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Q&A: Bob Muglia on Microsoft's Dynamic Systems Initiative, autonomic computing

He believes companies will adopt DSI once they see value in the effort

By Matt Hamblen and Carol Sliwa
October 8, 2003 12:00 PM ET

Computerworld - Bob Muglia, senior vice president for enterprise management and storage at Microsoft Corp. helped define Microsoft's Dynamic Systems Initiative (DSI) and Systems Definition Model and their place in the emerging market for autonomic computing products. He spoke with Computerworld's Matt Hamblen and Carol Sliwa on Oct. 6 about Microsoft's plans and how they differ from initiatives launched by other companies, such as IBM.
What makes Microsoft's DSI better than autonomic products from other vendors? The key distinction ... is that we are looking at what we can do to the developer tools to make it easy to build applications that later on can be managed through the operations part of the life cycle. When IBM talks about autonomic computing, they often talk about the resource-balancing nature of it, and that is something we are also focused on. However, I am less concerned about the use of computer resources in a data center and more concerned about the people cost of developing, deploying and operating applications. So by capturing management knowledge at the development stage of an application as we do, there's a lot to be done to lower the cost of operating these systems.
Is DSI going to be synonymous with Web services management? Is it more? It's not synonymous with Web services management. It's very helpful for Web services management, and yes, it is more than Web services management. The whole idea of DSI is, Can you create a model for what a system looks like? For example, Active Directory is not Web services-based, but I sure would like it to be managed through DSI. I sure would like a System Definition Model to describe the Active Directory environment. Modeling tools would be helpful for such pre-existing applications as Active Directory, SQL Server or Exchange, because Exchange is a multitiered application split across many machines. DSI applies more to the overall Windows environment, with Web services a piece of it.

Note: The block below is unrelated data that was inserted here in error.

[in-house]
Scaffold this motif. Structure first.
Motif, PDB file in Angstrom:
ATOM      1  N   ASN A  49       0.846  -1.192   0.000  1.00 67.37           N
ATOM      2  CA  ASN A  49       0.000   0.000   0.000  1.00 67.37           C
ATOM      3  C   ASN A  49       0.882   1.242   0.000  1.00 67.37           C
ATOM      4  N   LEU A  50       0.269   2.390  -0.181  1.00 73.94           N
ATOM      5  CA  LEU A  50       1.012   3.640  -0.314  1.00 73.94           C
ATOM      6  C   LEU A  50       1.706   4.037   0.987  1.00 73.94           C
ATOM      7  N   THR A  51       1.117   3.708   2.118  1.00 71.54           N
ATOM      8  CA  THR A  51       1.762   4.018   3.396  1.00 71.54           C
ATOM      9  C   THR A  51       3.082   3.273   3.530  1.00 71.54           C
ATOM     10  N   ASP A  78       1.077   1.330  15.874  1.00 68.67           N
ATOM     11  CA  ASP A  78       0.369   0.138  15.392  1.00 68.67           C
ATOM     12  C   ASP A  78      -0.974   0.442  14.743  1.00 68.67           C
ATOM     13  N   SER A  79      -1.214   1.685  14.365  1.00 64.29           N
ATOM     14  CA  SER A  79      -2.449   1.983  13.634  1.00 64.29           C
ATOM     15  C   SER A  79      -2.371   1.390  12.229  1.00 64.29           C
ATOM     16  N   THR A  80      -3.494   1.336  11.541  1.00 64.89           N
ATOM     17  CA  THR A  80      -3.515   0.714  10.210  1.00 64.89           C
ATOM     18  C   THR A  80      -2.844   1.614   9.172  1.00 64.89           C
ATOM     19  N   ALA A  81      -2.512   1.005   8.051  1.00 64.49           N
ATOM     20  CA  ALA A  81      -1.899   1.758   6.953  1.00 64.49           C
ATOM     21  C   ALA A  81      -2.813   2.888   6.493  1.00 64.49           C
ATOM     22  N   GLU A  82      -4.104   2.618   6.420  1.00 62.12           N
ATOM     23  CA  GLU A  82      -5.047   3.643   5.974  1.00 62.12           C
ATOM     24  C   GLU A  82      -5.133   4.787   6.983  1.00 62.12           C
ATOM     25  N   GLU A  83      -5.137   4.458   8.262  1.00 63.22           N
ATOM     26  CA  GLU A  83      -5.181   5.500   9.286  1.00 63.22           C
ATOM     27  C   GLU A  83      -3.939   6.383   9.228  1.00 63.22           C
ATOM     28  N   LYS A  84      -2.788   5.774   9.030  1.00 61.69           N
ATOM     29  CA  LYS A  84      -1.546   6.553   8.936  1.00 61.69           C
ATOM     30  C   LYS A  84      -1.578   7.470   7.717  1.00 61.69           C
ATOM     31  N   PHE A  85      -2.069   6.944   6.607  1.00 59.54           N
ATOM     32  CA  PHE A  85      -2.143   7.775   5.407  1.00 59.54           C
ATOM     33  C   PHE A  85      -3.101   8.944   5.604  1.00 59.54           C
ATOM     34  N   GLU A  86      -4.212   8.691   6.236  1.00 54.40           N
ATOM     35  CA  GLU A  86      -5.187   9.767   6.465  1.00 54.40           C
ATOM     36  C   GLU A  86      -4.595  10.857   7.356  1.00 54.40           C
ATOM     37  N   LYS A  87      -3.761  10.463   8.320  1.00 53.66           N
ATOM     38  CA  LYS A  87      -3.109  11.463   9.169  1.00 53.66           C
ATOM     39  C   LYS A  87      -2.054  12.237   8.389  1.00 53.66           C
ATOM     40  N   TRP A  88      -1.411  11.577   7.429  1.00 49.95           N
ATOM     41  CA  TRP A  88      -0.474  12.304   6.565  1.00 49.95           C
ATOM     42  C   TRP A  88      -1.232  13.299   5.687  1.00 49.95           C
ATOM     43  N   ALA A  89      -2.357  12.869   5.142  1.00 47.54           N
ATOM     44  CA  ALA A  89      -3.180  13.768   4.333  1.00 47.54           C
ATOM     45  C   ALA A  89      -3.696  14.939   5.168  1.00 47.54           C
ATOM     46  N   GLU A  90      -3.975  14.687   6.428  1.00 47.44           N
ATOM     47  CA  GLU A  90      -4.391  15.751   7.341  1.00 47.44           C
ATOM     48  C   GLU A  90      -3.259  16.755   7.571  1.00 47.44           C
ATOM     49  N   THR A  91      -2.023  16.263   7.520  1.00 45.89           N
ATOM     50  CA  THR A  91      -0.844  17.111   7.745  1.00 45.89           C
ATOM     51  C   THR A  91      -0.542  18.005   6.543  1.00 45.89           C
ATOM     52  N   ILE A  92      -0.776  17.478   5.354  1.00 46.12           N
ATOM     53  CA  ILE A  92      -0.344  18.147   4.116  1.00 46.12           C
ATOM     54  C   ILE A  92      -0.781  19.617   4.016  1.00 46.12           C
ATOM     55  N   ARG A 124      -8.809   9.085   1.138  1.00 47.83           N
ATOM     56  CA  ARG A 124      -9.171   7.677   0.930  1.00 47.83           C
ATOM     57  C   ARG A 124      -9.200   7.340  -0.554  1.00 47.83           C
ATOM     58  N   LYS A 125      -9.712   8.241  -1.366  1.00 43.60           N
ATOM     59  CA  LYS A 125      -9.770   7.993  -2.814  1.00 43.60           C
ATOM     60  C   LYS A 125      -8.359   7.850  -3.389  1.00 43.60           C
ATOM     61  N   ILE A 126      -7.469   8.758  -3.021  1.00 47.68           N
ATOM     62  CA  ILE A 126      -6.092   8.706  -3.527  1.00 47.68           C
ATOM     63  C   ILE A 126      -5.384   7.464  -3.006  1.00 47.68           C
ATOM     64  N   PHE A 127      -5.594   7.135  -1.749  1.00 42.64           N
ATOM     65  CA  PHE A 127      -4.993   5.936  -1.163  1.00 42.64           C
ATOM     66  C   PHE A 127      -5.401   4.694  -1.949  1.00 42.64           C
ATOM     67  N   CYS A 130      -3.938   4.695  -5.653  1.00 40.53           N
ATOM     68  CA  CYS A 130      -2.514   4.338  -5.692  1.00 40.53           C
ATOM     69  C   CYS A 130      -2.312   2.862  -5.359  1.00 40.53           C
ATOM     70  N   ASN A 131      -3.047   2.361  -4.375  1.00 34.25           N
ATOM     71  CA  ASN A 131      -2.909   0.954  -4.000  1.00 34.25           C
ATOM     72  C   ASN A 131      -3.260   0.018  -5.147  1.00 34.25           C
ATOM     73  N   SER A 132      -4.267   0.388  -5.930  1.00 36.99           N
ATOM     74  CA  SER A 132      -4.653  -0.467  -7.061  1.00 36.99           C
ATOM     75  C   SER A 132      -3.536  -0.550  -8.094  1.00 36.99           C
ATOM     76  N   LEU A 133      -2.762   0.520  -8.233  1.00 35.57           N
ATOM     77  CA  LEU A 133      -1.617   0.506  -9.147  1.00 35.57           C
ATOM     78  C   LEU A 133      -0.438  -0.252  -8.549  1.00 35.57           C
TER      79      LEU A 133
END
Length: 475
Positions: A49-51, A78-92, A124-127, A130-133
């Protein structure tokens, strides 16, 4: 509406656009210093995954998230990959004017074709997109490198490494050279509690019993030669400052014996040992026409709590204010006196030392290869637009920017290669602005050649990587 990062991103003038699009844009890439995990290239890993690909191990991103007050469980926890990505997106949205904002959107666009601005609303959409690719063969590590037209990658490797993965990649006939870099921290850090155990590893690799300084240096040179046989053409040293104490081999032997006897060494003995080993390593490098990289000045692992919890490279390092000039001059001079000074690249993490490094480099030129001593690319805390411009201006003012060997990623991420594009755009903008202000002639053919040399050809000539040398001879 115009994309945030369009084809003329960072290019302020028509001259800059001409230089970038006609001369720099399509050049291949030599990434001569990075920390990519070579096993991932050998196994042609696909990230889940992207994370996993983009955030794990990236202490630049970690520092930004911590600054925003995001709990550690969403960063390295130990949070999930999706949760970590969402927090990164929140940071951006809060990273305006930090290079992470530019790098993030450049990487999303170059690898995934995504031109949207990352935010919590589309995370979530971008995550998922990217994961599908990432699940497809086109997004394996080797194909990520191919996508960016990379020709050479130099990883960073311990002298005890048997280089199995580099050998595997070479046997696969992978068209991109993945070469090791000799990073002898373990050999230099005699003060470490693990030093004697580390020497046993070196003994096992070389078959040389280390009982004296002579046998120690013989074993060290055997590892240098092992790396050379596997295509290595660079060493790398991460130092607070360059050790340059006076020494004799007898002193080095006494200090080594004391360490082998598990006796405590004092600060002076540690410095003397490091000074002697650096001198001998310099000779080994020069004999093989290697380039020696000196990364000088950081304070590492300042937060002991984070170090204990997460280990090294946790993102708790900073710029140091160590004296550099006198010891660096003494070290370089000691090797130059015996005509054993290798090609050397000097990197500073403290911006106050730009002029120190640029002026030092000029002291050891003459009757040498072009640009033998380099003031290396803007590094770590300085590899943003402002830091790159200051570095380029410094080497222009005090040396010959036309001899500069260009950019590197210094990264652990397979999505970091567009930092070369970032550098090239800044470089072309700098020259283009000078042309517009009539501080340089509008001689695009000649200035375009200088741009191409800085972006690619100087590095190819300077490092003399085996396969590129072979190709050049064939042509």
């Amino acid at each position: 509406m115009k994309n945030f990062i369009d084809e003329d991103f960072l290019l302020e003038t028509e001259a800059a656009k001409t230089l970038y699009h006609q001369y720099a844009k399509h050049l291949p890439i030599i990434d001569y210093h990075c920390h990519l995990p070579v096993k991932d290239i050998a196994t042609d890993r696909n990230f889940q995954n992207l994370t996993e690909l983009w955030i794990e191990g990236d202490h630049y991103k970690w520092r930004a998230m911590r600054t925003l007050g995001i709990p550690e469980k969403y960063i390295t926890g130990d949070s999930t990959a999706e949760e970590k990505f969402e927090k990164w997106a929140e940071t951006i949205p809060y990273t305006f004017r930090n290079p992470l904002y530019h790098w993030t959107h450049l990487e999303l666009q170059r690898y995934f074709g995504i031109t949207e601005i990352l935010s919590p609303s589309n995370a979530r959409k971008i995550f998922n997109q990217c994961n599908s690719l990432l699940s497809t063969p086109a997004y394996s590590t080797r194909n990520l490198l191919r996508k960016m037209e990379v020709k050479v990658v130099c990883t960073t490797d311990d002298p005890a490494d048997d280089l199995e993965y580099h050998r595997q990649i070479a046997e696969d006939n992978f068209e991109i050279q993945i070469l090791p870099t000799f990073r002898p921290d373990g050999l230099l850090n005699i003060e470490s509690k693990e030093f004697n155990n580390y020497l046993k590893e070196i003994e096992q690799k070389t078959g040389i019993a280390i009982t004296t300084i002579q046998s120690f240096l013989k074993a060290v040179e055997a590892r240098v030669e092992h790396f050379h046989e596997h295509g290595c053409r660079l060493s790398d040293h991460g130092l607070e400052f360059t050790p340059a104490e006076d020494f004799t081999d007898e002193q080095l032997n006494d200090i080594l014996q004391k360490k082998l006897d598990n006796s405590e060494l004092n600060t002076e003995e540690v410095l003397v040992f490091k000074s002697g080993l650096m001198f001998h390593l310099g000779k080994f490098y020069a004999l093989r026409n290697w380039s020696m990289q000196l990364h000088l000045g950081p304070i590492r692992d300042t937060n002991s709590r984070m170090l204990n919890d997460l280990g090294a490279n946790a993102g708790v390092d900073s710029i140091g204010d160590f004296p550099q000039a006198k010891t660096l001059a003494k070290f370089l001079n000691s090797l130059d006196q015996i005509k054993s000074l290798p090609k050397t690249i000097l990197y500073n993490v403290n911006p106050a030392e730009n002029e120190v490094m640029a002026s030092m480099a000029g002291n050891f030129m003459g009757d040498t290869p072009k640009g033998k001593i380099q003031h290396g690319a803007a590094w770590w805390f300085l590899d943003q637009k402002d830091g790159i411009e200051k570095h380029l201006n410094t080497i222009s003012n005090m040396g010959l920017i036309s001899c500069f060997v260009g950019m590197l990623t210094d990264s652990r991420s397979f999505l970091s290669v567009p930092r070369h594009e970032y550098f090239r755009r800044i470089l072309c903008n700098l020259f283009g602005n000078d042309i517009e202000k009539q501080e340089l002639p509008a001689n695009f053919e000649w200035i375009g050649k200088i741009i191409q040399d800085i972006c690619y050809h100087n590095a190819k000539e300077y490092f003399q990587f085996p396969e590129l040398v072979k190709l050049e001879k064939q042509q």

When they hear of autonomic tools such as on-demand and now DSI, enterprise network managers sometimes say, "Why weren't the vendors doing that 15 years ago?" They are asking, "Why didn't you do this 10 years ago?" Before DSI, all the management vendors were providing products late, with poor and fair degrees of success. It's not because they did a bad job, but they were trying to manage things not fundamentally manageable. The first thing the Active Directory team learned when they built their management pack was AD wasn't manageable.
What are you going to do to get customers interested in the DSI concept in this economy? People



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